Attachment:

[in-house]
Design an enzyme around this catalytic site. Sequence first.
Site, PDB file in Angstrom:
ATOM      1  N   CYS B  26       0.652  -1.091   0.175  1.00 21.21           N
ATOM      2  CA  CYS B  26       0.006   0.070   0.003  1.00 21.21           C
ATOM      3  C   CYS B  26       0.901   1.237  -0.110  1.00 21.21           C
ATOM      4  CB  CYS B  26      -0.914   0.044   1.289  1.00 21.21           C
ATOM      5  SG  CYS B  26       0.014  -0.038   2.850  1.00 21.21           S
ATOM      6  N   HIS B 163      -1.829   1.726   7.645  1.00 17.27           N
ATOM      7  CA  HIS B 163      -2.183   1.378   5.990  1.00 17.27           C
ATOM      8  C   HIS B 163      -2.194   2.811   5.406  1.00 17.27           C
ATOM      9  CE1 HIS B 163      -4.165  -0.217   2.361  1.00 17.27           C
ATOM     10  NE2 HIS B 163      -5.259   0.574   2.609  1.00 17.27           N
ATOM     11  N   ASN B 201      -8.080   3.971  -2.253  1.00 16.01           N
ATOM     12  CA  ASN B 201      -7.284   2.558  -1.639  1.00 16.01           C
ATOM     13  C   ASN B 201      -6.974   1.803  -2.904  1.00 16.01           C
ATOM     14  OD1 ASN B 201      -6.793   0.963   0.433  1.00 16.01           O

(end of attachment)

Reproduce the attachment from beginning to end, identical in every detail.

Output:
[in-house]
Design an enzyme around this catalytic site. Sequence first.
Site, PDB file in Angstrom:
ATOM      1  N   CYS B  26       0.652  -1.091   0.175  1.00 21.21           N
ATOM      2  CA  CYS B  26       0.006   0.070   0.003  1.00 21.21           C
ATOM      3  C   CYS B  26       0.901   1.237  -0.110  1.00 21.21           C
ATOM      4  CB  CYS B  26      -0.914   0.044   1.289  1.00 21.21           C
ATOM      5  SG  CYS B  26       0.014  -0.038   2.850  1.00 21.21           S
ATOM      6  N   HIS B 163      -1.829   1.726   7.645  1.00 17.27           N
ATOM      7  CA  HIS B 163      -2.183   1.378   5.990  1.00 17.27           C
ATOM      8  C   HIS B 163      -2.194   2.811   5.406  1.00 17.27           C
ATOM      9  CE1 HIS B 163      -4.165  -0.217   2.361  1.00 17.27           C
ATOM     10  NE2 HIS B 163      -5.259   0.574   2.609  1.00 17.27           N
ATOM     11  N   ASN B 201      -8.080   3.971  -2.253  1.00 16.01           N
ATOM     12  CA  ASN B 201      -7.284   2.558  -1.639  1.00 16.01           C
ATOM     13  C   ASN B 201      -6.974   1.803  -2.904  1.00 16.01           C
ATOM     14  OD1 ASN B 201      -6.793   0.963   0.433  1.00 16.01           O